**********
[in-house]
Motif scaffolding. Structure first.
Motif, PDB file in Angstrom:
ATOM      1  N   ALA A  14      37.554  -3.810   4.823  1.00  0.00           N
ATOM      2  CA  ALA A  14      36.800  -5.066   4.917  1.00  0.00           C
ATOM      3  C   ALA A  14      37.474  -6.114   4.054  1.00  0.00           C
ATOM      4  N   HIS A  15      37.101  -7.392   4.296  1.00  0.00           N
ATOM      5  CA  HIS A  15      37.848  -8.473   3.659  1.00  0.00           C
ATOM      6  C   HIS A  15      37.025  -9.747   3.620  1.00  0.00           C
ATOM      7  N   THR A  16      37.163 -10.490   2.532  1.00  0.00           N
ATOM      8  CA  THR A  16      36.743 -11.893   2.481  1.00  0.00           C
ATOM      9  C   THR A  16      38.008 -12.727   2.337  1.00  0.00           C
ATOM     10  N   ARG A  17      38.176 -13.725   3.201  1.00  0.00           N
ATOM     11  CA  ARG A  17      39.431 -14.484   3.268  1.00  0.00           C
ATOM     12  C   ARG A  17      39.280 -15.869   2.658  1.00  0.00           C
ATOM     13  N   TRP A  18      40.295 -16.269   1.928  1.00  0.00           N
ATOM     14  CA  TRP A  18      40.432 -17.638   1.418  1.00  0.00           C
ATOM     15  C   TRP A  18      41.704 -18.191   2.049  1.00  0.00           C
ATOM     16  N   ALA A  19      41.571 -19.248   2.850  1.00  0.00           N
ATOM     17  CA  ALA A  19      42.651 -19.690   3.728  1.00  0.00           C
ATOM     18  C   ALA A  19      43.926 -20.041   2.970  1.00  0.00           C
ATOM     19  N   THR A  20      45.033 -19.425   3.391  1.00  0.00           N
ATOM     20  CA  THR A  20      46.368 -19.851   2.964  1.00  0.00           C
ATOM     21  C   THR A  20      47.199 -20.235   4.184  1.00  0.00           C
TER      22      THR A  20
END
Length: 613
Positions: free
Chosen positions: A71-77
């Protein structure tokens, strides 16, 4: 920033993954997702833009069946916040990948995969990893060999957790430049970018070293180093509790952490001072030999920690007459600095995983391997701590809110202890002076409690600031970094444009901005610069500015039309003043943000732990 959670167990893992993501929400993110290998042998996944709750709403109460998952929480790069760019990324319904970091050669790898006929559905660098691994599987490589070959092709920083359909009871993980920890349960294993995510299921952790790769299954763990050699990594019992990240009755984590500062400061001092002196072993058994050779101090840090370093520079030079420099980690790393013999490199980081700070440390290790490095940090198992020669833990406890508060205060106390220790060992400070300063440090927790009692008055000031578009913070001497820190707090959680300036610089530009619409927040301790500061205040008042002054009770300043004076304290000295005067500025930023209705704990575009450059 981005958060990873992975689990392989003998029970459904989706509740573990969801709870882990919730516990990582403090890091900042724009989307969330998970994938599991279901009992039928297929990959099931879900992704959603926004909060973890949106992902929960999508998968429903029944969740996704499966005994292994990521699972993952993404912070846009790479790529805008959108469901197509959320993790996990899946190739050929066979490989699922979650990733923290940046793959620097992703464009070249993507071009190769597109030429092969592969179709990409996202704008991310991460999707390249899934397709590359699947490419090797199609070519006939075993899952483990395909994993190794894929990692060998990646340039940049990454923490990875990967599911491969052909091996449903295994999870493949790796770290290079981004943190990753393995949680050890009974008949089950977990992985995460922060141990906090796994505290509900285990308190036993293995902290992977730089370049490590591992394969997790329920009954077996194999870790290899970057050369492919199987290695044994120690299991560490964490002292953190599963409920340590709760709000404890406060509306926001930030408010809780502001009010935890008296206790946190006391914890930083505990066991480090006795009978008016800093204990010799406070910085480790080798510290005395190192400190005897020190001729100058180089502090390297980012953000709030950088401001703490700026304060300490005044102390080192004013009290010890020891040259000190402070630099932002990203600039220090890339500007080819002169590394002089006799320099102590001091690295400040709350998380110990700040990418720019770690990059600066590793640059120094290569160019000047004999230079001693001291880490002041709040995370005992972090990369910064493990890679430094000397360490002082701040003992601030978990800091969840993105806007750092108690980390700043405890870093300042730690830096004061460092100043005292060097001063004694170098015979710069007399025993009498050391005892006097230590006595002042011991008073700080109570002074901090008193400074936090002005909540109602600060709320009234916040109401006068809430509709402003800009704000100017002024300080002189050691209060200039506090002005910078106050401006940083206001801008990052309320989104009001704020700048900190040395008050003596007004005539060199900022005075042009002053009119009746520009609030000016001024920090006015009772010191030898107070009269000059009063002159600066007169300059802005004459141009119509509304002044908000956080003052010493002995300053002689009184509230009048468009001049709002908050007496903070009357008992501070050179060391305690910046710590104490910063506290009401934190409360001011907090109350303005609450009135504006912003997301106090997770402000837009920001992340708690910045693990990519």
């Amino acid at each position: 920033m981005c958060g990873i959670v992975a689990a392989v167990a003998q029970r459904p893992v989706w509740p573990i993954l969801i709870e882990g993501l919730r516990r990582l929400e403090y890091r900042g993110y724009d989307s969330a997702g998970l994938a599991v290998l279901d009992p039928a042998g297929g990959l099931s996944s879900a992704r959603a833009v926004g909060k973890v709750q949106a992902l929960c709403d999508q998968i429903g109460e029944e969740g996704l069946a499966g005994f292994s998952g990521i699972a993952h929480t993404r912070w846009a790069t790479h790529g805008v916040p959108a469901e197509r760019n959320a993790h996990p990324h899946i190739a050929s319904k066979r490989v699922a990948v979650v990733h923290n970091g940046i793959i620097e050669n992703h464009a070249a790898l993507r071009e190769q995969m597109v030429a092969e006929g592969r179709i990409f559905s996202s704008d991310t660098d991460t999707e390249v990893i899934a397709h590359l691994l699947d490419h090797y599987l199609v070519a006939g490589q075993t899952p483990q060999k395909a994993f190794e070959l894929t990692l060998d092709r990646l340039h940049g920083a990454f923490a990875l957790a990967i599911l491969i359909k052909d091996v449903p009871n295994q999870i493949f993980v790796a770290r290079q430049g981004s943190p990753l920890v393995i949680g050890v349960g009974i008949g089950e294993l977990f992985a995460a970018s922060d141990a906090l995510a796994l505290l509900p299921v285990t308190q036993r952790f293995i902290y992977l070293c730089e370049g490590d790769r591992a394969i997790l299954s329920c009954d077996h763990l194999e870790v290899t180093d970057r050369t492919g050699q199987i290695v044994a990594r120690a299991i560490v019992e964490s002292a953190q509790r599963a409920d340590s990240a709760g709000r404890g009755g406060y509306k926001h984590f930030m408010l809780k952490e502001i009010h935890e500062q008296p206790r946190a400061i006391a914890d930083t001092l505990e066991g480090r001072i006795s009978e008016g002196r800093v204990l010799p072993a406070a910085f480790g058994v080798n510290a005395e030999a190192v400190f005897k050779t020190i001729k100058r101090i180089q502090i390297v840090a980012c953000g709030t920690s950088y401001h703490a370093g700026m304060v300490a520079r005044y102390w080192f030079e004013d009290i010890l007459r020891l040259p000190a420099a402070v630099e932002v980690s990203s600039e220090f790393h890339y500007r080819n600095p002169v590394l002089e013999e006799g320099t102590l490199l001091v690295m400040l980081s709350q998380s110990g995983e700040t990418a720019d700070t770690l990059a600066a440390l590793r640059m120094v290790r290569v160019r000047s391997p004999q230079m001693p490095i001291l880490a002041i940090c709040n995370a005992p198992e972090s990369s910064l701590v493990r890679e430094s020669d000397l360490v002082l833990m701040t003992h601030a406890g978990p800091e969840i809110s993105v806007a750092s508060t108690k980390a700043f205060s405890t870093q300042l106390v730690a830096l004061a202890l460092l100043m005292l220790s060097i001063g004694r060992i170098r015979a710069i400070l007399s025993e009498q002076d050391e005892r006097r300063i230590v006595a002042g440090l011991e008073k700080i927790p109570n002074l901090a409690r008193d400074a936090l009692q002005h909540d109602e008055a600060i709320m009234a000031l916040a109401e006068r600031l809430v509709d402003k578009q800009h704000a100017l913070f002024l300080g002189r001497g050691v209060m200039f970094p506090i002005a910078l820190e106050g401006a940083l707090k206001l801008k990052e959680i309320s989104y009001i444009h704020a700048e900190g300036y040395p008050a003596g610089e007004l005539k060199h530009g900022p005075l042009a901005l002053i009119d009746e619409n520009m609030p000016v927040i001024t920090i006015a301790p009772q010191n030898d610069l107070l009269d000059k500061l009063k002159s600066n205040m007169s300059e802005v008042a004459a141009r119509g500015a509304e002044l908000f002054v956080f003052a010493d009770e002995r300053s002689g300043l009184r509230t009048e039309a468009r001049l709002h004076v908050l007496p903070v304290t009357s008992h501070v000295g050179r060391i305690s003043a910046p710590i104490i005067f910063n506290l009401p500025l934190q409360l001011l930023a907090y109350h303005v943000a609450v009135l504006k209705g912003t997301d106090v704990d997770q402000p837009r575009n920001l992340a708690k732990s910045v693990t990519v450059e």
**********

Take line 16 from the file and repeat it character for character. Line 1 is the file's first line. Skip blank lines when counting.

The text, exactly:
ATOM     13  N   TRP A  18      40.295 -16.269   1.928  1.00  0.00           N